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Understanding Toll-Free Numbers

Posted by The UC Buyer

Aug 22, 2019

When calls are placed across the Public Switched Telephone Network, the carriers which connect that call from the originating party to the terminating party each charge an access fee. These small charges add up to the toll cost for completing the call. This cost is owed by the originating party, much like postage is paid by the sender of a letter or package.


Businesses realized long ago that they would attract more calls if they offered to pay the toll cost for calling their number, so many offer so-called toll-free numbers. They are free for the originating party to dial, because those connection costs are paid for by the terminating party. Think of this as a collect call to the business.

According to the FCC all toll free numbers begin with the following dialing three-digit codes: 800, 888, 877, 866, 855 or 844.


How is a Toll Free Number Used?

Toll Free Numbers (or TFNs) are purchased by a Responsible Organization (or RespOrg) and utilized by your service provider. Frequently, they will have a set charge per incoming call, rather than requiring a whole list of municipal, state, and federal taxes to be itemized for every call. So, your business will be responsible for a monthly fee, plus a small charge for the calls themselves. In exchange, you have a business number that can be dialed anywhere in the U.S. at no charge for the caller.

Porting the toll free number from one RespOrg to another is a little more complicated and time consuming than porting a regular number, but follows a similar process.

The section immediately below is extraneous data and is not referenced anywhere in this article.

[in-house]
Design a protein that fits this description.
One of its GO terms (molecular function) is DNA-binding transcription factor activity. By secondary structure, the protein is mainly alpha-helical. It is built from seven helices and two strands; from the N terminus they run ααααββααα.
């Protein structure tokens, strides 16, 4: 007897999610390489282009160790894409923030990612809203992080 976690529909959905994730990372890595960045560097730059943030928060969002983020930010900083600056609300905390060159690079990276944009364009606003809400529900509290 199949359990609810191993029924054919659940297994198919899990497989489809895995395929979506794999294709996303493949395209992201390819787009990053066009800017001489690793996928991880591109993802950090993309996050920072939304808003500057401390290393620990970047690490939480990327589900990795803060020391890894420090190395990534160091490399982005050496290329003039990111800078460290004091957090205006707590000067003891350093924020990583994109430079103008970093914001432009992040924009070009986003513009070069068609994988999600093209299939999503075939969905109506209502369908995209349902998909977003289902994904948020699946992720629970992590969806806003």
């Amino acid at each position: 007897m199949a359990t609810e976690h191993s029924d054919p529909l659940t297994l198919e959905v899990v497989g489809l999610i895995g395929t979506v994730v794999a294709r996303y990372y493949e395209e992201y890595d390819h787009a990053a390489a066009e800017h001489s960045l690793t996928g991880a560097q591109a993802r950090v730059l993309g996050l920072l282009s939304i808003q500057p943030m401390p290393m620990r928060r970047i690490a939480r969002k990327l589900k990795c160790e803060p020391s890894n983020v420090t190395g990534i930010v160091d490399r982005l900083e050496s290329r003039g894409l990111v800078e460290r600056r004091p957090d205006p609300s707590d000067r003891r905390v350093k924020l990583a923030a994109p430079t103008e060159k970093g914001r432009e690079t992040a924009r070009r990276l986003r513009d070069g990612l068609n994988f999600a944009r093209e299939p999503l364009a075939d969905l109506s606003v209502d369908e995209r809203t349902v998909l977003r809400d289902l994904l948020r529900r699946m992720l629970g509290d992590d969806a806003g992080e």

How Do I Use a Toll Free Number? 

Your UCaaS portal may provide a way to edit the destination of any and all Toll Free Numbers. Changes made to the destination of the these numbers takes effect almost immediately, so you can redirect incoming business calls in a hurry if need be. Some providers will need to edit these fields manually, so check with your service provider to be sure.

Depending on your ability to track incoming calls, these numbers can be deployed for marketing research purposes. You can have three toll-free numbers that go to the same place (an inbound sales hunt group, for example) but those numbers are published in different media. One number might be on the website, another on business cards or handouts, and the third on Google Ads. You can then look back monthly or quarterly and determine which method is getting the best return on investment.


How Much Does it Cost? 

Check with your UCaaS provider for actual numbers, but there will likely be a monthly charge to lease the number itself, as well as any usage. Usage is the wildcard, and you may take steps to limit the amount of traffic or the location of the inbound calls. International calls, in particular, can accrue high costs per minute.


Does it Still Matter (Given an Era of No Long Distance)? 

The big question is an important one. “Does it even matter if your business represents itself with a toll-free number?”

There is no consensus on this issue, and just like many things, it depends a lot on your business. While it is true that long distance isn’t that big of a deal for most urban areas, it remains a factor with rural customers. In addition to the ease of access for these customers, merely having a toll-free number automatically adds an air of legitimacy to your enterprise.

But, if the majority of your leads come in through other means, such as chat, website, or email, the extra expense of a toll-free number may not be justified.

In general, though, having a toll-free number is a low-cost way to make your business look national, or at least regional. The month to month cost of maintaining the number is minimal, and if most of the time calls are not the majority of your traffic, then the few cents (or even fractions of cents) per minute do not add up to much.

Topics: Technology, Voice, Telephony, Customer Journey, Homepage

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